John Stewart Allitt has been impeccably edited by his widow, the artist Eleanor Allitt, and this fascinating book gives a unique insight into the artist’s and the author’s deep concerns about our materialistic age – their prescience more relevant than ever for us today.

Allitt’s informed knowledge of Cecil Collins is the result of a long and mutually supportive friendship founded on a shared view of education, their profound belief in the sacred basis of the arts and life itself, their passion for music and poetry, and an understanding that the arts are important as a spiritual vehicle of communication.

The two men met at Central School of Art (now Central Saint Martins) in London, where Allitt taught art history and Collins life drawing. Allitt, fluent in both French and Italian, was an authority on the music of Donizetti and on Dante’s poetry. And Collins, as Allitt accurately observed, carried the mask of an English eccentric with grace, but was at heart a widely read European with erudite knowledge of not only English, but also European, Oriental and Asian art, poetry and philosophy.

It could be said that in spite of the difference in their temperaments, ages and cultural backgrounds, they were ‘true companions’ to each other. Indeed, Collins and his wife, Elisabeth, developed close ties with the whole Allitt family, and Collins was godfather to Allitt’s eldest daughter, Nicoletta.

The Magic Mirror (referring to the title of one of Collins’ finest paintings, as discussed in the book) is divided into six thematic chapters, which take as their point of departure the most important elements and symbols of Collins’ art. They comprise: The Visionary, The Theatre of the Soul, The Mystic Landscape, Illumination through the Feminine, The Purity of the Fool and The Angelic Intelligences.

The book is greatly enriched by a remarkable tale related by Collins, who, “like a wise Sufi”, preferred storytelling to argument. And personal recollections of conversations with the artist are amplified by Allitt’s perceptive observations about the sources and inspirations of Collins’ art.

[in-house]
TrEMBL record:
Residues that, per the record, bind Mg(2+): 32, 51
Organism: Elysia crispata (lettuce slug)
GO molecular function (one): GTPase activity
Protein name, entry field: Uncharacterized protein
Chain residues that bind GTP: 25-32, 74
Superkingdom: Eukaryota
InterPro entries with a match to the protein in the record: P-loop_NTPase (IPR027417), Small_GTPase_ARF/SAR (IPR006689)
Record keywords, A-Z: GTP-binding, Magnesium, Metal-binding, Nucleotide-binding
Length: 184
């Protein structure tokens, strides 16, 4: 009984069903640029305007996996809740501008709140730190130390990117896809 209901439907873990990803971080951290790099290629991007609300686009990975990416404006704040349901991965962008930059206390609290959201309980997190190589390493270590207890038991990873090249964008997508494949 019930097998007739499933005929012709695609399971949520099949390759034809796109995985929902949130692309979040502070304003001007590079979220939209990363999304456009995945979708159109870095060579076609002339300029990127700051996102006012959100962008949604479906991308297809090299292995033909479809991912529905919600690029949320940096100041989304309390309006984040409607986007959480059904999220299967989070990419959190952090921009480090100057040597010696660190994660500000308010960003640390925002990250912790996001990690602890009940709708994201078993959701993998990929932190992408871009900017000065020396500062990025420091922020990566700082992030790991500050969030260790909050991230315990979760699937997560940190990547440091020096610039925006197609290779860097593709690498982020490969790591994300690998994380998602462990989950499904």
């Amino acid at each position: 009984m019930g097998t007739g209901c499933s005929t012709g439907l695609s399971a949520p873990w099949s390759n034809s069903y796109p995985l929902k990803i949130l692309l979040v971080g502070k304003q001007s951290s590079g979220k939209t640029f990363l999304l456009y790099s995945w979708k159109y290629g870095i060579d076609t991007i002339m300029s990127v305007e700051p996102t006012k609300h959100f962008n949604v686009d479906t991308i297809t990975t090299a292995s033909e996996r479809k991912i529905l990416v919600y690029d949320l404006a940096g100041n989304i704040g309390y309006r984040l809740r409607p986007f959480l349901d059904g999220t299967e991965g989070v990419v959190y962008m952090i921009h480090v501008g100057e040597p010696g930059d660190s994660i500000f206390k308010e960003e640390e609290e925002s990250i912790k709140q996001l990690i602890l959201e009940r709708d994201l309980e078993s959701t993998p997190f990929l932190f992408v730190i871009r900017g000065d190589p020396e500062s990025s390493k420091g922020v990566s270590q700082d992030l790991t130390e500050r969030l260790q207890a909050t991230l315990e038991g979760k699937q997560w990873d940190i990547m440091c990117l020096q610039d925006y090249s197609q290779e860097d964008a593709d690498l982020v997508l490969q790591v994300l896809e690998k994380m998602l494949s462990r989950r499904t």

Allitt comments that Collins was “like a master alchemist, [who] knew the inscape of the soul; furthermore, through his dedication to his vision, he was able to awaken the gift of seeing” in others through his art. And as a teacher, he “apprenticed his students as observers and even partakers of this inner theatre”.

According to Allitt, Goethe’s Faust, Dante’s Divine Comedy and a range of Hindu beliefs – as well as his relationship to his beloved Elisabeth – all informed Collins’ view of the feminine. And he believed the feminine initiates the masculine into higher states of consciousness.

Collins’ book The Vision of the Fool (1944) is quoted, and Allitt expounds the enigmatic qualities and significance of the Fool for Collins’ work, with reference to Buddhist and Islamic art, Platonic philosophy and Christian beliefs.

He suggests, too, that angels, who often appear in Collins’ art, “record his encounter with a mode of knowledge”. Collins believed “the painter of angels has to discover the angelic world within himself…it is always there…waiting to be seen with ‘the eye of the heart’”.

The 10 illustrations are carefully selected and informatively discussed in the text and include the previously unpublished cover image, a wedding gift from the artist to John and Eleanor Allitt. A brief biography of the artist is included, as well as two interesting Appendices about the author.

Nomi Rowe studied with Cecil Collins. Her own book, In Celebration of Cecil Collins (2008), honoured the artist’s birth centenary.